“In industry 4.0, we have more data – but not automatically more information,” says Dirk Holbach, Corporate Senior Vice President Supply Chain for Laundry & Home Care. Henkel started automating its processes and organizing the data stream early on. As a result, the company is well positioned in the international competition. “Technologies like the AGV have been around and ready to be used for a long time. However, we can only start deploying them when they become economically viable and people accept them. It’s important to us to recognize and seize opportunities,” says Holbach.
Test, learn, optimize
To that end, Henkel is always testing new ideas in pilot projects. The labeling cameras in laundry detergent production in Düsseldorf also started with a trial run in 2013. Nover’s team tried using digital images to improve the application of labels on laundry detergent bottles. The cameras photograph the front and back labels of each bottle. Based on a given standard, the system then checks whether the labels have been applied in the correct place, without forming bubbles or creases. If a label finds itself outside of the tolerance range, the system automatically separates the bottle out from the rest – and it does this up to 250 times per minute, because that’s how fast the lines move. On a screen, the employee can monitor whether errors are registered more frequently at a particular station on the production line, and make any necessary improvements. The system has proven effective, as employees can now identify labeling problems faster and more easily than before. More than 50 production lines for laundry detergents and cleaning products have since been equipped with these cameras worldwide. This data is also collected on the central platform in real time.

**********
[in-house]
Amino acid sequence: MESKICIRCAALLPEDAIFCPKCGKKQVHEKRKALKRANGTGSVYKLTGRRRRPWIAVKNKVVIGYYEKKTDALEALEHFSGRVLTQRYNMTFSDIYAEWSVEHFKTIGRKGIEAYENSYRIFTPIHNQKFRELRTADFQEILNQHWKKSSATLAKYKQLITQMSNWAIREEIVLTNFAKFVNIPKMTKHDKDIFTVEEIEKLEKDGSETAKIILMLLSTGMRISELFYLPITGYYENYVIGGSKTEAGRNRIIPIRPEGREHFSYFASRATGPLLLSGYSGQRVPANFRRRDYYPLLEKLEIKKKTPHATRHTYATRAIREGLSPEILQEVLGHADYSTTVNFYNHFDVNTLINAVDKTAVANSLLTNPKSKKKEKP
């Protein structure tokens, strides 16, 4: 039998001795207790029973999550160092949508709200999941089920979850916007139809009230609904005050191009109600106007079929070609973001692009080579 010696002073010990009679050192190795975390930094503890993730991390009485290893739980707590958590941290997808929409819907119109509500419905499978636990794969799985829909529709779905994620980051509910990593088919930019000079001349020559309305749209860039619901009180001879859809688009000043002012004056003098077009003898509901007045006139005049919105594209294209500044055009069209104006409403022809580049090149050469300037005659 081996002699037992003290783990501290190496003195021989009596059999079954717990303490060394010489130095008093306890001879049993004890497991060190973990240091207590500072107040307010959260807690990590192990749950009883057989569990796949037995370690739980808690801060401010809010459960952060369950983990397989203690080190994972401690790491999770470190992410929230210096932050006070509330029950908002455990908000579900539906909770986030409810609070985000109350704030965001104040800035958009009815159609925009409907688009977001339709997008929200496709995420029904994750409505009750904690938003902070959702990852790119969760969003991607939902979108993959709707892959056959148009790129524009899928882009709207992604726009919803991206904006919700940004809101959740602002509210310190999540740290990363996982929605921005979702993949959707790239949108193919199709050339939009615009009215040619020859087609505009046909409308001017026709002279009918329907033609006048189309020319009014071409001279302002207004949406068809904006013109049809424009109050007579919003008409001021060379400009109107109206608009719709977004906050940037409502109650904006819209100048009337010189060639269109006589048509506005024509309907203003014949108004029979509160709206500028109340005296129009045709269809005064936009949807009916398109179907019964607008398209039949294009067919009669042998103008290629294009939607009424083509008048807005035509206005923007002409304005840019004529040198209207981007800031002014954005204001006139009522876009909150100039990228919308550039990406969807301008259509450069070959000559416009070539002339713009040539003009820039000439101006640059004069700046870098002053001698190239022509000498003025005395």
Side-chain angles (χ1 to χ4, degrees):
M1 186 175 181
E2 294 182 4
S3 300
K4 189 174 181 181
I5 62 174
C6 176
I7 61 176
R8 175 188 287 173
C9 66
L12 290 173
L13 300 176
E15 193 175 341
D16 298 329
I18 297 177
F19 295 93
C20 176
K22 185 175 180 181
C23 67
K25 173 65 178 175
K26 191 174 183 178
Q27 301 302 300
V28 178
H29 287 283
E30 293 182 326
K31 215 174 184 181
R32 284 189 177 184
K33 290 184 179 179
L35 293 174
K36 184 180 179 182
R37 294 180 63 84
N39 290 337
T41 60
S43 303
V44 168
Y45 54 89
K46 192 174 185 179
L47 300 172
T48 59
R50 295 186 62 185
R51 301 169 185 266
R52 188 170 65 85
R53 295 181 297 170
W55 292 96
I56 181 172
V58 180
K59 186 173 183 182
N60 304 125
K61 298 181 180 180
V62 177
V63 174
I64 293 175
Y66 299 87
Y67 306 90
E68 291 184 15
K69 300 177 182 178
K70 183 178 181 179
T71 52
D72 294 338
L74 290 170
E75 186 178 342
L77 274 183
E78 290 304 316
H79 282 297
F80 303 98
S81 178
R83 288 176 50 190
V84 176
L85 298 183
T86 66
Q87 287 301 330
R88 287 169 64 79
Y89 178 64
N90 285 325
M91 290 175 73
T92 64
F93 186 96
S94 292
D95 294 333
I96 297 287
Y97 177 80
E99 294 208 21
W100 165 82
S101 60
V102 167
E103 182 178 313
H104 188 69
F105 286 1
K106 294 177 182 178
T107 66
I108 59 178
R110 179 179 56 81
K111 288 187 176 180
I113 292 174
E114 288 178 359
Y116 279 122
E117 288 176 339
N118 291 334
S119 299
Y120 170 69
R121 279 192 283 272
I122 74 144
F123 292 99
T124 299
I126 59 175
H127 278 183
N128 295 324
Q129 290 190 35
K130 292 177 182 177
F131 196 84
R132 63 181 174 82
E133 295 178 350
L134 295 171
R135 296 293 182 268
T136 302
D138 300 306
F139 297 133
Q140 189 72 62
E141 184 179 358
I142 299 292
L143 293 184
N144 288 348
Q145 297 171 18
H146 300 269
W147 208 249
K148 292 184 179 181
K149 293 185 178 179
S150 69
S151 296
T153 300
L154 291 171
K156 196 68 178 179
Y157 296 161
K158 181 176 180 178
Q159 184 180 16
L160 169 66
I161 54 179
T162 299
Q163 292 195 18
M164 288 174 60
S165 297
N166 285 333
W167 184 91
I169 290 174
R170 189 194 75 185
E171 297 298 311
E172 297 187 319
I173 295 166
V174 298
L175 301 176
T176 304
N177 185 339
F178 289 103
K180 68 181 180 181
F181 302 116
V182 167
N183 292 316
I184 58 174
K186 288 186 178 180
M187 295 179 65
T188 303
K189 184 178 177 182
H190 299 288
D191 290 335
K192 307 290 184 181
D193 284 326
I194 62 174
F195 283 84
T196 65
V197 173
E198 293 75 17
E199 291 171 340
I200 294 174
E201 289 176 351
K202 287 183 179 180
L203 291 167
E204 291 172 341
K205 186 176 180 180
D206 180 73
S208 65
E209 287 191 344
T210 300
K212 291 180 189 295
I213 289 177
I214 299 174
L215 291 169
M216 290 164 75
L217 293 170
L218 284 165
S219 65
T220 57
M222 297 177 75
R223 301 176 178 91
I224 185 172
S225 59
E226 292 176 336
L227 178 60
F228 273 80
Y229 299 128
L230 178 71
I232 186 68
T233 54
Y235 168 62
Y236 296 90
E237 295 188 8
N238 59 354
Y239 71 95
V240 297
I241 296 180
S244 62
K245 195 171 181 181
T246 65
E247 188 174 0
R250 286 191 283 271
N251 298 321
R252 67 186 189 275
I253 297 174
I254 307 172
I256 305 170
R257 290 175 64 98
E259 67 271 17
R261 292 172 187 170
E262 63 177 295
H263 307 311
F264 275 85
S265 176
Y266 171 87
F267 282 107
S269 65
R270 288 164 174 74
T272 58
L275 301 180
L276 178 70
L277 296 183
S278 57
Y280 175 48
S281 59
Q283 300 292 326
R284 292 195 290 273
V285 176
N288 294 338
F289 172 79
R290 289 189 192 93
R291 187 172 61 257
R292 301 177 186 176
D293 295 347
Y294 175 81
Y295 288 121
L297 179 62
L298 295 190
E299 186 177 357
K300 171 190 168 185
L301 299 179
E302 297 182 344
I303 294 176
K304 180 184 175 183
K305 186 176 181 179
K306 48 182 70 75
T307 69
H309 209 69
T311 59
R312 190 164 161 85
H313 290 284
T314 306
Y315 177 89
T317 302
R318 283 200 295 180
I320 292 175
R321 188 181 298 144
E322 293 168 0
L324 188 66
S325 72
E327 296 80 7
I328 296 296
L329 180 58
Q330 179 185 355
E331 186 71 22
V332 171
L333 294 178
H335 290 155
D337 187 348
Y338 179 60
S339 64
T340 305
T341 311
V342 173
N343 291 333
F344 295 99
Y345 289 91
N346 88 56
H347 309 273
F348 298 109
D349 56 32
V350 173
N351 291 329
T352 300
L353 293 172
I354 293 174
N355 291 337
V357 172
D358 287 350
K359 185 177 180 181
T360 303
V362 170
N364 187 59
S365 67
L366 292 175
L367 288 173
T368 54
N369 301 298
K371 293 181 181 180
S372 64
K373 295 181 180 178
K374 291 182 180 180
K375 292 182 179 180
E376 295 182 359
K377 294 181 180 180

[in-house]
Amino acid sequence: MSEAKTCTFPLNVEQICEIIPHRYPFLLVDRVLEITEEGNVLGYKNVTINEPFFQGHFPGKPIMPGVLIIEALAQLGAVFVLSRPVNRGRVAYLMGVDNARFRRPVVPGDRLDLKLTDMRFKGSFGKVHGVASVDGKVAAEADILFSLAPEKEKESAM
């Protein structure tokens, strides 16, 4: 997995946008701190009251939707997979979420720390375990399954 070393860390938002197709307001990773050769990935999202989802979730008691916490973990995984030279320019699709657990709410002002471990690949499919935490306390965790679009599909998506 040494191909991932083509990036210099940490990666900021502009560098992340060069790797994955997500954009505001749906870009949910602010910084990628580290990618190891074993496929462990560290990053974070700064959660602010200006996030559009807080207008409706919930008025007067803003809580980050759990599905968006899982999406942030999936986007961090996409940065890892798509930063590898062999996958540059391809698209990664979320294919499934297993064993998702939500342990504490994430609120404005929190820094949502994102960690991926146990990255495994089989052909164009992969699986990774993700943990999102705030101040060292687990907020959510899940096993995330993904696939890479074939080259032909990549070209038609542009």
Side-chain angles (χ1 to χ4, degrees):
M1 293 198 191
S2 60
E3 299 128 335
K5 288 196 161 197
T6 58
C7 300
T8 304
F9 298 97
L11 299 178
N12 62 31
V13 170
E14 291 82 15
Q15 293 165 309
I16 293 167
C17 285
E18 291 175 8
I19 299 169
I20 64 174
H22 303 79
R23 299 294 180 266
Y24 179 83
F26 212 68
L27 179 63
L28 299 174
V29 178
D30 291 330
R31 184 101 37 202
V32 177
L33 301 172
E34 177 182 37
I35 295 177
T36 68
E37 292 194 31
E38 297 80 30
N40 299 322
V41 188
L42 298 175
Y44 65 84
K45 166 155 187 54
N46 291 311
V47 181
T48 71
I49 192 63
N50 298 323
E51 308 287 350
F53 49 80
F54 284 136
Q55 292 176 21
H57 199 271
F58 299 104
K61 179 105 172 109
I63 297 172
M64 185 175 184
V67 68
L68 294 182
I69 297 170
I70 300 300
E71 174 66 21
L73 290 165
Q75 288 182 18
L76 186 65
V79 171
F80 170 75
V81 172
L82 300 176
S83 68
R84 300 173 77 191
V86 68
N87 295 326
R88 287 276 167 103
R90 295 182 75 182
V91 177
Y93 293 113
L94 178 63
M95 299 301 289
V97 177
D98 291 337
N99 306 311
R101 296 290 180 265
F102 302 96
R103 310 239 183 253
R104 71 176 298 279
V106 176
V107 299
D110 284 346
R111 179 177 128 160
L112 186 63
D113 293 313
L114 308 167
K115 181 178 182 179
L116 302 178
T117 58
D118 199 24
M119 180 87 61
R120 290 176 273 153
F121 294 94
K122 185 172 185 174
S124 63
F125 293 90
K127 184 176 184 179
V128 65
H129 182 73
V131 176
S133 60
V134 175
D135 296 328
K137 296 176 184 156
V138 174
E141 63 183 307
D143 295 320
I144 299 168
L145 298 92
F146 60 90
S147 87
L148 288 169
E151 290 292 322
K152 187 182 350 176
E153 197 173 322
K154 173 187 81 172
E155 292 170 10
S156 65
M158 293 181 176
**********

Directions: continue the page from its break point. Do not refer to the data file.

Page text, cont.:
Dirk Holbach and his team in Amsterdam decide which ideas Henkel should pursue and implement as pilot projects. Supply chain experts from the company’s three business units come together to share ideas there and develop the corporate agenda for industry 4.0 with colleagues from IT and Finance. “We get better results more quickly with local tests on a small scale. When something doesn’t work, we can react immediately,” says Holbach. Laundry & Home Care is currently leading more than 20 of these trials at 10 different locations, each of which is being implemented in under 12 months. The motto for these agile processes is, “Try small, fail small, scale up fast.”
Henkel has defined focus topics for the rollout of industry 4.0, which are carried across all business units by the team in Amsterdam. New approaches for demand planning and forecasting are just one of many examples, and will allow the company to predict and plan for future needs even more effectively going forward. Indeed, combining artificial intelligence with big data makes it possible to predict where customers and consumers will display increased demand for which products in the future.
Whenever a technology has proven useful and is due to be rolled out to other locations, Nover is informed. Ever since Henkel centralized its planning for the global supply chains in Amsterdam, there’s always a lot to discuss. Nover coordinates with his colleagues in the Netherlands and around the world several times a week. The system improves transparency: When Nover observes that his production line’s energy needs rise above the average values, for example, he compares the data with that of other locations. “Then I enquire with colleagues who have had similar experiences, so we can solve the problem together,” he says. “And when a new technology that has proven valuable at our site is due to be deployed at another location, I’m happy to provide guidance, of course.”